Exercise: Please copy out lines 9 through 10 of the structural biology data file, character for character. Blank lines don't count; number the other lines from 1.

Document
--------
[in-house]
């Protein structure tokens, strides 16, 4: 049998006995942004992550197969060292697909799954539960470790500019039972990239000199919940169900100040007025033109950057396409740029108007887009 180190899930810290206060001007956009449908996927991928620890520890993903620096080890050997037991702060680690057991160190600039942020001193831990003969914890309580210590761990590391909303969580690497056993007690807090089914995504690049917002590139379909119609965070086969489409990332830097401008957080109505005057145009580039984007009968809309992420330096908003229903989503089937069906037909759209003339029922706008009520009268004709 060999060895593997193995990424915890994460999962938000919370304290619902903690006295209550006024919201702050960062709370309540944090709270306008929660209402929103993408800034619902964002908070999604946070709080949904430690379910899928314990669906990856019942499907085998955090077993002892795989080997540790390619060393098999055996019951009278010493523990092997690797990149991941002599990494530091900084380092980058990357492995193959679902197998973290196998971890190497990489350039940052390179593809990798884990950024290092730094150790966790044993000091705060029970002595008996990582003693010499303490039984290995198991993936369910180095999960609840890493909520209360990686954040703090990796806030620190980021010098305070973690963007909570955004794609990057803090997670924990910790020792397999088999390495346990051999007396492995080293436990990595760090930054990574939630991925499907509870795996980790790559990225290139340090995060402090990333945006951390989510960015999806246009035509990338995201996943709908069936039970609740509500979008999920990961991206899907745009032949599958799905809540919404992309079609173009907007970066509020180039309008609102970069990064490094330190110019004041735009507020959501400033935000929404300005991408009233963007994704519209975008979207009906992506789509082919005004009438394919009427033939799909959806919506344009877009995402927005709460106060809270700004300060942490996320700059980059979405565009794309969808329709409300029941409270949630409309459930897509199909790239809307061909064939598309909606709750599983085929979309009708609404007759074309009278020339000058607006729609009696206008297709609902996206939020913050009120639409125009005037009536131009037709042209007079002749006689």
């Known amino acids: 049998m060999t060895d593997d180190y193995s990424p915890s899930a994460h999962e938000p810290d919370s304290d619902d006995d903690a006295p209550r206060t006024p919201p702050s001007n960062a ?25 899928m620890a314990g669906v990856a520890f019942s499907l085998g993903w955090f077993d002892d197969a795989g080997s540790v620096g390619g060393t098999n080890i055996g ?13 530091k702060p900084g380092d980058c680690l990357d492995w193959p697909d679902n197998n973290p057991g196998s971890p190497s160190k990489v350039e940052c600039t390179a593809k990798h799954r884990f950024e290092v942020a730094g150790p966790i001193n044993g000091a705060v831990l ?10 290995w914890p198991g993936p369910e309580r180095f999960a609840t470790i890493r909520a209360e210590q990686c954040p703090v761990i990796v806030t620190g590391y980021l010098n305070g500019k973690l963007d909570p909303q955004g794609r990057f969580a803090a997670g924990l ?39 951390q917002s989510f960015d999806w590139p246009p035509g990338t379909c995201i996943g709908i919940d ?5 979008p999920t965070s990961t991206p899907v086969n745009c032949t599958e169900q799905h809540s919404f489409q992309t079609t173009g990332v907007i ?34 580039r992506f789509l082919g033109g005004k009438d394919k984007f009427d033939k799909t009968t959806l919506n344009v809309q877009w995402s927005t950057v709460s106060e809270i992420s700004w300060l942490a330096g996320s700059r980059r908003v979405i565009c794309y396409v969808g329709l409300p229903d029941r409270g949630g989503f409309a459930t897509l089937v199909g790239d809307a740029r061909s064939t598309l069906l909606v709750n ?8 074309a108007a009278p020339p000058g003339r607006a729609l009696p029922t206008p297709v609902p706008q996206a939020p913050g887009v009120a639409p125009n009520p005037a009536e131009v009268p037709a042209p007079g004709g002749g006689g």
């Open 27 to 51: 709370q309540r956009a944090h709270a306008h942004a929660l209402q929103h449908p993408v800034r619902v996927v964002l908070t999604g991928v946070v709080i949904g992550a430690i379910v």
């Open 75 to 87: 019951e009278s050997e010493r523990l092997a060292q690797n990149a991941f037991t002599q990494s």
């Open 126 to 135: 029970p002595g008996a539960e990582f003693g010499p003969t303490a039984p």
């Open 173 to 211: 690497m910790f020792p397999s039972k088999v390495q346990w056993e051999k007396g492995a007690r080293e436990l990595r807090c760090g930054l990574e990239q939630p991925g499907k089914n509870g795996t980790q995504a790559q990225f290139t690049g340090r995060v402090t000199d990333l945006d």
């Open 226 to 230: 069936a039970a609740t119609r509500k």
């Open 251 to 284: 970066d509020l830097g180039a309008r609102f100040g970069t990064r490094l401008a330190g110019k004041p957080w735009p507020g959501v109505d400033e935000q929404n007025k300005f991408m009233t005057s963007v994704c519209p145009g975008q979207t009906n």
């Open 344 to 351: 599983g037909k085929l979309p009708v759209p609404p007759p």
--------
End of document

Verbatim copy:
């Open 251 to 284: 970066d509020l830097g180039a309008r609102f100040g970069t990064r490094l401008a330190g110019k004041p957080w735009p507020g959501v109505d400033e935000q929404n007025k300005f991408m009233t005057s963007v994704c519209p145009g975008q979207t009906n």
């Open 344 to 351: 599983g037909k085929l979309p009708v759209p609404p007759p």